iOS 18's AI features could be exclusive to recent iPhones, but don't worry about upgrading just yet

A phone showing an 18 logo
(Image credit: Shutterstock / QubixStudio)

iOS 18 is expected to bring several new AI features to iPhones when it lands at WWDC 2024 next month, but rumors have also hinted at an important detail – exactly which iPhones might and might not get these new tricks.

Bloomberg's Mark Gurman suggested in his latest Power On newsletter that iOS 18's new AI features – which could include a more natural Siri and voice memo transcriptions – may be restricted to the iPhone 15 Pro and Pro Max, plus the new iPhone 16 and 16 Pro series.

Referring to the new AI features, Gurman stated that "most of the on-device features will be supported by iPhone, iPad and Mac chips released in the last year or so." For the iPhone, that would mean the A17 Pro, which landed in September 2023, but probably excludes the A16 Bionic, which arrived in September 2022.

Of course, these rumors only refer to AI features that are processed on-device. We also expect cloud-based AI features, as Apple is rumored to have sealed a partnership with OpenAI. Cloud-based features could presumably be available to any iPhone capable of running iOS 18. That would be ideal, since iOS 18 is now expected to support the same models as iOS 17.

For on-device AI features, there will likely be a cut-off for software support – and these latest rumors suggest that even recent models like the iPhone 15 or iPhone 14 Pro could see some restrictions on the iOS 18 features they can fully support. 

That is likely because the A17 Pro chipset in the iPhone 15 Pro made a significant jump in the number of operations it could manage per second (twice as many as the A16 Bionic). We've also heard rumors that the iPhone 16 series could get a significantly upgraded neural engine. A neural processing unit (NPU) powers on-device AI and machine learning tasks, though it's possible that the rumored A18 Pro chipset could be restricted to an iPhone 16 Pro series.

In any case, it sounds like AI features will be Apple's next big reason to get us to upgrade our iPhones – though fortunately, the rumored features don't sound so dazzling that you'll be lured into a premature upgrade...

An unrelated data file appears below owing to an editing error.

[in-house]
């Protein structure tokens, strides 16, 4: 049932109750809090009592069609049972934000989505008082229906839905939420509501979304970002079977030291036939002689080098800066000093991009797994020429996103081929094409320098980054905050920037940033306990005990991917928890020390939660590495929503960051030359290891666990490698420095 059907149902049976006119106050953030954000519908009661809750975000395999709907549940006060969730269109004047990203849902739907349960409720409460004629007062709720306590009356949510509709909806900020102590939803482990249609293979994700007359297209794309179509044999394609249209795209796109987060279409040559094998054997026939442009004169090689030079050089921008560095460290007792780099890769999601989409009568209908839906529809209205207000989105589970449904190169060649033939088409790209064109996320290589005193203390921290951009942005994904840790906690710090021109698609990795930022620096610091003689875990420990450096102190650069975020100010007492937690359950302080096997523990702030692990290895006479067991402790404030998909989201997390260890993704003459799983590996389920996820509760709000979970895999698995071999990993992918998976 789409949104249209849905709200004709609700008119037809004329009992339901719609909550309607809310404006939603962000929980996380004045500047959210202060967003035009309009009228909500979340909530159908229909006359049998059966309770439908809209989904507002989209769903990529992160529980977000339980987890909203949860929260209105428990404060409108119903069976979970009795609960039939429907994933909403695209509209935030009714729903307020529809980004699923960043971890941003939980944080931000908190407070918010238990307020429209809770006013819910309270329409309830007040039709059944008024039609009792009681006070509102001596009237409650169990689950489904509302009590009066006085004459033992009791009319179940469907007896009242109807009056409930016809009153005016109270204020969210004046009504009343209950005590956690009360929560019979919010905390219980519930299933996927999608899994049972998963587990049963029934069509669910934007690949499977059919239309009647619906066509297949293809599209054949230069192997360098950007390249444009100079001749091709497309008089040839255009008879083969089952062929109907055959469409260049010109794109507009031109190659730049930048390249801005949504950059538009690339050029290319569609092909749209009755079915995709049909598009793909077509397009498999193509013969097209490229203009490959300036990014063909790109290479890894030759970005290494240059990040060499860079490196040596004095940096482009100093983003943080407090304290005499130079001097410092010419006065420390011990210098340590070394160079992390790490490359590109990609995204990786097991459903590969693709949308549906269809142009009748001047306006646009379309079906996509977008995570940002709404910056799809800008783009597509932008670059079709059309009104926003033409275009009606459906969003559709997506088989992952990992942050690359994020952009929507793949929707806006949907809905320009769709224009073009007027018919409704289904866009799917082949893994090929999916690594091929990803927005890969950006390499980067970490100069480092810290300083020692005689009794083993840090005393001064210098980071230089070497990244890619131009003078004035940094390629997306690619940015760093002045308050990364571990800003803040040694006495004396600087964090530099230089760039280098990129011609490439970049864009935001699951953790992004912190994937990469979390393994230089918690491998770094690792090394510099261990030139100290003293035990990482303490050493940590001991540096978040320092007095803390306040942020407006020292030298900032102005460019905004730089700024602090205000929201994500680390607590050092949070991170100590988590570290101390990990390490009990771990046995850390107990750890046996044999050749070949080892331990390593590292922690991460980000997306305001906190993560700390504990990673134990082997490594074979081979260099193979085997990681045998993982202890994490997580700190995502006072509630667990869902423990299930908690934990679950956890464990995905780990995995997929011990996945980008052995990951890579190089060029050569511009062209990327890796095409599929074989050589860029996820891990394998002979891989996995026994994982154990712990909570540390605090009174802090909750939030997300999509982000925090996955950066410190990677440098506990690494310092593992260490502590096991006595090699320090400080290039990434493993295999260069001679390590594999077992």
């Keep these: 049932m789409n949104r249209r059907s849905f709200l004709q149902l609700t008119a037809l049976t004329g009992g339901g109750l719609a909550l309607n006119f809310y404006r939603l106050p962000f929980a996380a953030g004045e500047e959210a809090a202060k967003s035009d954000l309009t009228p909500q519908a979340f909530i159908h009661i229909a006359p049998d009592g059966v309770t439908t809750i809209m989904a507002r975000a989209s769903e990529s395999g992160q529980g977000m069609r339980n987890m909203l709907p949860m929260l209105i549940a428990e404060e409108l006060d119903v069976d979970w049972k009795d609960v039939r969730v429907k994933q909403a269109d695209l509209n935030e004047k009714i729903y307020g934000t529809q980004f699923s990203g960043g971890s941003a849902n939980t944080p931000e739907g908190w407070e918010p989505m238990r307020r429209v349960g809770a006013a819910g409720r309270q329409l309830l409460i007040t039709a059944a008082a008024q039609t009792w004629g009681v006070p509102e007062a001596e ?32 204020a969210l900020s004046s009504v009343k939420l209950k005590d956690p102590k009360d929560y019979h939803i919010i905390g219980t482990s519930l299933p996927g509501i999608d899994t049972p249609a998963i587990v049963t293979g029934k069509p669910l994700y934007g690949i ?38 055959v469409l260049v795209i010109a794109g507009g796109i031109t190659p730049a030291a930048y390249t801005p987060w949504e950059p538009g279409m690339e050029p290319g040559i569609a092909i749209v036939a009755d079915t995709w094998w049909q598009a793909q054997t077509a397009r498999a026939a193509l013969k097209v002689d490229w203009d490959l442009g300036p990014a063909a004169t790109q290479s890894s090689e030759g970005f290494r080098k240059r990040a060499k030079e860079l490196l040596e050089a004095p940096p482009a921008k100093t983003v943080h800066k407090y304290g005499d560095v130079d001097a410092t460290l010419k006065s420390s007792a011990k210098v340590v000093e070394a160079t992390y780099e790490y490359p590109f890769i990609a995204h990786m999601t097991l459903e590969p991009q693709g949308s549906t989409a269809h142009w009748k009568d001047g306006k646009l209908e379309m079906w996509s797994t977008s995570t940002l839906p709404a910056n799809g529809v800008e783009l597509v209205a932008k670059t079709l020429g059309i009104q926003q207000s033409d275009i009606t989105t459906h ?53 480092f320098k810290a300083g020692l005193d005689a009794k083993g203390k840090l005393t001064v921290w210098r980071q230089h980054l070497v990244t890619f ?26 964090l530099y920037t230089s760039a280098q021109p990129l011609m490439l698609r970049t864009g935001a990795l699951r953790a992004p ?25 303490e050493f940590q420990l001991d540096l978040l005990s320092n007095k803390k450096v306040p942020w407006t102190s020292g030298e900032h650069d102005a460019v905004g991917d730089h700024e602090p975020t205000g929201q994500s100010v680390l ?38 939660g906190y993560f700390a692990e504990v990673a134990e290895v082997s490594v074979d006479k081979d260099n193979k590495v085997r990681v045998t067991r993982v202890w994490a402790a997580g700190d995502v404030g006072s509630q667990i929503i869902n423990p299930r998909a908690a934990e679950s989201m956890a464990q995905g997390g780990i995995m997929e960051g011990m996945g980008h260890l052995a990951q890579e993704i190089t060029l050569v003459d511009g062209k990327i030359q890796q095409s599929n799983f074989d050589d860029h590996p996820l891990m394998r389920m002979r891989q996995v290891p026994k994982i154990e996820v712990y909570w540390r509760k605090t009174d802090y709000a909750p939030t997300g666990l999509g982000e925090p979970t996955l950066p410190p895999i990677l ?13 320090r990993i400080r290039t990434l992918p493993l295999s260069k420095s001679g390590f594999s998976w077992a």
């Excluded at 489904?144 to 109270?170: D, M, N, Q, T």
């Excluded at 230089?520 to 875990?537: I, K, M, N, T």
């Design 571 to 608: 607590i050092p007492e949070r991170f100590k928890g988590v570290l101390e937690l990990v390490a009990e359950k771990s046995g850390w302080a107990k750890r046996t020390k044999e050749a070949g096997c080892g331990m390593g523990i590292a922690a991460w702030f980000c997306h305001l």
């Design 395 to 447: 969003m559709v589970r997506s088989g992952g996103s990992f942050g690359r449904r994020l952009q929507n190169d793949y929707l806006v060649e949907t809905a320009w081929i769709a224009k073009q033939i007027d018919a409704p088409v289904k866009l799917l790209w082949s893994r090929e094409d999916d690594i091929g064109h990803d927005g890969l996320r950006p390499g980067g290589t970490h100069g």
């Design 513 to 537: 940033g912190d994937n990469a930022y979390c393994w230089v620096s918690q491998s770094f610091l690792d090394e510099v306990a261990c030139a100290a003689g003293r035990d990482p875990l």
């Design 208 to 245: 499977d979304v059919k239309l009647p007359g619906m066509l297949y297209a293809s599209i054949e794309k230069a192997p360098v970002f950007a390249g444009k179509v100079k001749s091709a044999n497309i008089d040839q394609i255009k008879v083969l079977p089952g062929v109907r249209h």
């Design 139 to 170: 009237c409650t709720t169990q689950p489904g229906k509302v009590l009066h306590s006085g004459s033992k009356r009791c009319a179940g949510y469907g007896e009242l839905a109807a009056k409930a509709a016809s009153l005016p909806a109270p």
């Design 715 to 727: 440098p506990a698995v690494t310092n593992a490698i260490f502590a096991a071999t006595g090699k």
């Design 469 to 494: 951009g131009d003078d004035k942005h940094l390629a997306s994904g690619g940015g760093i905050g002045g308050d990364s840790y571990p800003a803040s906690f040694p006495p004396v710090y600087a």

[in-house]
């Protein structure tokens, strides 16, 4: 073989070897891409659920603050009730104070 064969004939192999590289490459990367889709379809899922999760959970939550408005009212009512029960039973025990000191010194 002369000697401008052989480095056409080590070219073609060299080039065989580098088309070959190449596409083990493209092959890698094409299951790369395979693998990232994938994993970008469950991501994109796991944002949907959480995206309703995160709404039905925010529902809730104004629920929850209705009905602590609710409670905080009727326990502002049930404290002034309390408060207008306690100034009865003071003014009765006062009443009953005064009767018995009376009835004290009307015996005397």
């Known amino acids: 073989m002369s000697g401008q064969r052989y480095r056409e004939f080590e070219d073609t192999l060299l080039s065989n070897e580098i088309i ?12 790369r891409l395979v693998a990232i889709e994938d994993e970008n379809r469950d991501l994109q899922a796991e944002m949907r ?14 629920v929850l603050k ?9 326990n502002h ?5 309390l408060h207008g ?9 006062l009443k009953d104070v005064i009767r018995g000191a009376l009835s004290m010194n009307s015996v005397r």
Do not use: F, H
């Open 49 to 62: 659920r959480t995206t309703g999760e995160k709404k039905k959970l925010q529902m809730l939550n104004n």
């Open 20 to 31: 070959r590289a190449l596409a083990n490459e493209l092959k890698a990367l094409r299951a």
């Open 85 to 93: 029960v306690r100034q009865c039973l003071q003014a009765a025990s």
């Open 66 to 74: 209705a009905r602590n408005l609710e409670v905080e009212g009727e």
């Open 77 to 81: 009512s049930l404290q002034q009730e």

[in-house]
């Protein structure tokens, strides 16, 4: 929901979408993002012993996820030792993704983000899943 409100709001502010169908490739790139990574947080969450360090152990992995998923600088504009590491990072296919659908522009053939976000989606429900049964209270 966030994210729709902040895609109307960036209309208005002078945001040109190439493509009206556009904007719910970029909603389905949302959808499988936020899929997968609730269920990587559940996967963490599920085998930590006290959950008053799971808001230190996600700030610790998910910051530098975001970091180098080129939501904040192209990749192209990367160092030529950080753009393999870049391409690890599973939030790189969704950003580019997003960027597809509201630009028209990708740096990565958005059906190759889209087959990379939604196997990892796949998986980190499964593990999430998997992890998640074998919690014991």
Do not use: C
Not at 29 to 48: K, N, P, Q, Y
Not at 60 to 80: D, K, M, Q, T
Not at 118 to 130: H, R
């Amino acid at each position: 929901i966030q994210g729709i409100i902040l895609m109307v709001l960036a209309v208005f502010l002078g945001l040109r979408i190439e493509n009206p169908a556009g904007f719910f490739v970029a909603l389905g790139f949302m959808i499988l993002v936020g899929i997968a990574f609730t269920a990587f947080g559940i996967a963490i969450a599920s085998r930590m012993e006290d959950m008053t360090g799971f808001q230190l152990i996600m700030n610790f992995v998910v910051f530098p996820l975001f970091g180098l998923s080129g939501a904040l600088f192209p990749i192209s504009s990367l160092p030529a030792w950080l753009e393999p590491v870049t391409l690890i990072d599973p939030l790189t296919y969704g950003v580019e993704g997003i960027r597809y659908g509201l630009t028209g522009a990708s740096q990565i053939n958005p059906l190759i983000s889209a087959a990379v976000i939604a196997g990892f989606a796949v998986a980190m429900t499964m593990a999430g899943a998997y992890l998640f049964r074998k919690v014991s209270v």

Opinion: AI unlikely to be a reason to upgrade

Two iPhones on a blue background showing Siri and Shortcuts

(Image credit: Apple)

I'm planning to upgrade to an iPhone 16 Pro this year, but not because of AI features – instead, it's down to the latest camera rumors and the fact that I skipped the iPhone 15 Pro last year to wait for a more refined version of Apple's optical zoom on a smaller phone than a Pro Max.

So far, I'm not hugely excited about iOS 18's rumored AI features. Apple's focus is likely to be on-device AI, and that is by definition far more limited than cloud-based AI, which OpenAI is rumored to be supplying in part. 

Those rumored on-device features include minor quality-of-life upgrades, including Safari improvements, some Photos retouching tools and AI-generated emojis. I don't know about you, but I could probably live without AI emojis for a few years.

Of course, Apple could yet come out with a barnstorming new AI feature in iOS 18, but I'm dubious. Mark Gurman's newsletter has suggested that iOS 18's new AI tricks may come with "preview" labels to indicate that "the technology isn't yet fully baked".

From the rumors so far, it sounds like AI features will take at least another year to fully develop and become upgrade-worthy temptations like Apple's camera hardware has been in recent years. That said, it could still be a good year to upgrade your iPhone, with Apple likely to lay the hardware foundations in the iPhone 16 series for future AI features.

I'll be happy to future-proof my iOS garden with an iPhone 16 Pro in September, but the reason will be camera hardware rather than new AI tricks.

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Mark Wilson
Senior news editor

Mark is TechRadar's Senior news editor. Having worked in tech journalism for a ludicrous 17 years, Mark is now attempting to break the world record for the number of camera bags hoarded by one person. He was previously Cameras Editor at both TechRadar and Trusted Reviews, Acting editor on, as well as Features editor and Reviews editor on Stuff magazine. As a freelancer, he's contributed to titles including The Sunday Times, FourFourTwo and Arena. And in a former life, he also won The Daily Telegraph's Young Sportswriter of the Year. But that was before he discovered the strange joys of getting up at 4am for a photo shoot in London's Square Mile.